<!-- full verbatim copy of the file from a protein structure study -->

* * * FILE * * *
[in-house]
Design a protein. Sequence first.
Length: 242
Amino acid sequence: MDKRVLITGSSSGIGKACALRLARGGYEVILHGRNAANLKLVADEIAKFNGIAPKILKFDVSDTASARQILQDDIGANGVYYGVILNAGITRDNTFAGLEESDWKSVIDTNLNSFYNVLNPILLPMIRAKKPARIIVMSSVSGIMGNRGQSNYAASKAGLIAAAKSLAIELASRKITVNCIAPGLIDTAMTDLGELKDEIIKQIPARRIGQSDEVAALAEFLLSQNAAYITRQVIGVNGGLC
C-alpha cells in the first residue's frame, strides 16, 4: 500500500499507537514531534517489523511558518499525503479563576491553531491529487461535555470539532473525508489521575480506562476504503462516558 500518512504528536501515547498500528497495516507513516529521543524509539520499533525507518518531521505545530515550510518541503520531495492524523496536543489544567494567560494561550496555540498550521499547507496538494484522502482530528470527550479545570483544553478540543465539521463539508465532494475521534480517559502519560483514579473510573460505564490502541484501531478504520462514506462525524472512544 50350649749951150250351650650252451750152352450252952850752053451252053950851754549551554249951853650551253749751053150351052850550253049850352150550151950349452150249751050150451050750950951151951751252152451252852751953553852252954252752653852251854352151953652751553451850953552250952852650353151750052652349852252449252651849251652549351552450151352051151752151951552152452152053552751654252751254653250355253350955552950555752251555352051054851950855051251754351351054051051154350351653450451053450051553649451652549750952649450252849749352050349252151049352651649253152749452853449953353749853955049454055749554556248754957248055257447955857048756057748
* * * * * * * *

[in-house]
Design a protein. Sequence first.
Length: 242
Amino acid sequence: MDKRVLITGSSSGIGKACALRLARGGYEVILHGRNAANLKLVADEIAKFNGIAPKILKFDVSDTASARQILQDDIGANGVYYGVILNAGITRDNTFAGLEESDWKSVIDTNLNSFYNVLNPILLPMIRAKKPARIIVMSSVSGIMGNRGQSNYAASKAGLIAAAKSLAIELASRKITVNCIAPGLIDTAMTDLGELKDEIIKQIPARRIGQSDEVAALAEFLLSQNAAYITRQVIGVNGGLC
C-alpha cells in the first residue's frame, strides 16, 4: 500500500499507537514531534517489523511558518499525503479563576491553531491529487461535555470539532473525508489521575480506562476504503462516558 500518512504528536501515547498500528497495516507513516529521543524509539520499533525507518518531521505545530515550510518541503520531495492524523496536543489544567494567560494561550496555540498550521499547507496538494484522502482530528470527550479545570483544553478540543465539521463539508465532494475521534480517559502519560483514579473510573460505564490502541484501531478504520462514506462525524472512544 50350649749951150250351650650252451750152352450252952850752053451252053950851754549551554249951853650551253749751053150351052850550253049850352150550151950349452150249751050150451050750950951151951751252152451252852751953553852252954252752653852251854352151953652751553451850953552250952852650353151750052652349852252449252651849251652549351552450151352051151752151951552152452152053552751654252751254653250355253350955552950555752251555352051054851950855051251754351351054051051154350351653450451053450051553649451652549750952649450252849749352050349252151049352651649253152749452853449953353749853955049454055749554556248754957248055257447955857048756057748